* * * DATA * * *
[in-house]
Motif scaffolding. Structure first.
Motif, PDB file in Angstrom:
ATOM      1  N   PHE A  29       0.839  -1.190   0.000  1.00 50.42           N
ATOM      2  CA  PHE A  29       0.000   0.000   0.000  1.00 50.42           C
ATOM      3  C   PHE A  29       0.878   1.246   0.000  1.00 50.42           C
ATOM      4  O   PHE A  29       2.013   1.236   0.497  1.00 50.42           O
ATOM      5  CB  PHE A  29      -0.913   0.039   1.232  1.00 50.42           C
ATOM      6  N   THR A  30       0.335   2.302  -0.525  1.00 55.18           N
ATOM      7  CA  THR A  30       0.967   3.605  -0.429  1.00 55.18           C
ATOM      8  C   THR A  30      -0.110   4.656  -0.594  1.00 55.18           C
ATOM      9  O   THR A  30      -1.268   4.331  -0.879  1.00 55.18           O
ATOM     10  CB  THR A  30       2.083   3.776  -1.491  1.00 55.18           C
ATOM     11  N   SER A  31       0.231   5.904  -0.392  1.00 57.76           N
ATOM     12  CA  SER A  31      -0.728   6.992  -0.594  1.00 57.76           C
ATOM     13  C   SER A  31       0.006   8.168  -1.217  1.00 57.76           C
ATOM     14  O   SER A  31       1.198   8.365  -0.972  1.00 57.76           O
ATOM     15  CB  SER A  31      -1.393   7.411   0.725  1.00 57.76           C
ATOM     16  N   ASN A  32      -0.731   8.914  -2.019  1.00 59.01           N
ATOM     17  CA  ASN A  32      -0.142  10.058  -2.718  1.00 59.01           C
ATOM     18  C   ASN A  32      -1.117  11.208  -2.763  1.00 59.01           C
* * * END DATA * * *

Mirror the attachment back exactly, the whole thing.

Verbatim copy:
[in-house]
Motif scaffolding. Structure first.
Motif, PDB file in Angstrom:
ATOM      1  N   PHE A  29       0.839  -1.190   0.000  1.00 50.42           N
ATOM      2  CA  PHE A  29       0.000   0.000   0.000  1.00 50.42           C
ATOM      3  C   PHE A  29       0.878   1.246   0.000  1.00 50.42           C
ATOM      4  O   PHE A  29       2.013   1.236   0.497  1.00 50.42           O
ATOM      5  CB  PHE A  29      -0.913   0.039   1.232  1.00 50.42           C
ATOM      6  N   THR A  30       0.335   2.302  -0.525  1.00 55.18           N
ATOM      7  CA  THR A  30       0.967   3.605  -0.429  1.00 55.18           C
ATOM      8  C   THR A  30      -0.110   4.656  -0.594  1.00 55.18           C
ATOM      9  O   THR A  30      -1.268   4.331  -0.879  1.00 55.18           O
ATOM     10  CB  THR A  30       2.083   3.776  -1.491  1.00 55.18           C
ATOM     11  N   SER A  31       0.231   5.904  -0.392  1.00 57.76           N
ATOM     12  CA  SER A  31      -0.728   6.992  -0.594  1.00 57.76           C
ATOM     13  C   SER A  31       0.006   8.168  -1.217  1.00 57.76           C
ATOM     14  O   SER A  31       1.198   8.365  -0.972  1.00 57.76           O
ATOM     15  CB  SER A  31      -1.393   7.411   0.725  1.00 57.76           C
ATOM     16  N   ASN A  32      -0.731   8.914  -2.019  1.00 59.01           N
ATOM     17  CA  ASN A  32      -0.142  10.058  -2.718  1.00 59.01           C
ATOM     18  C   ASN A  32      -1.117  11.208  -2.763  1.00 59.01           C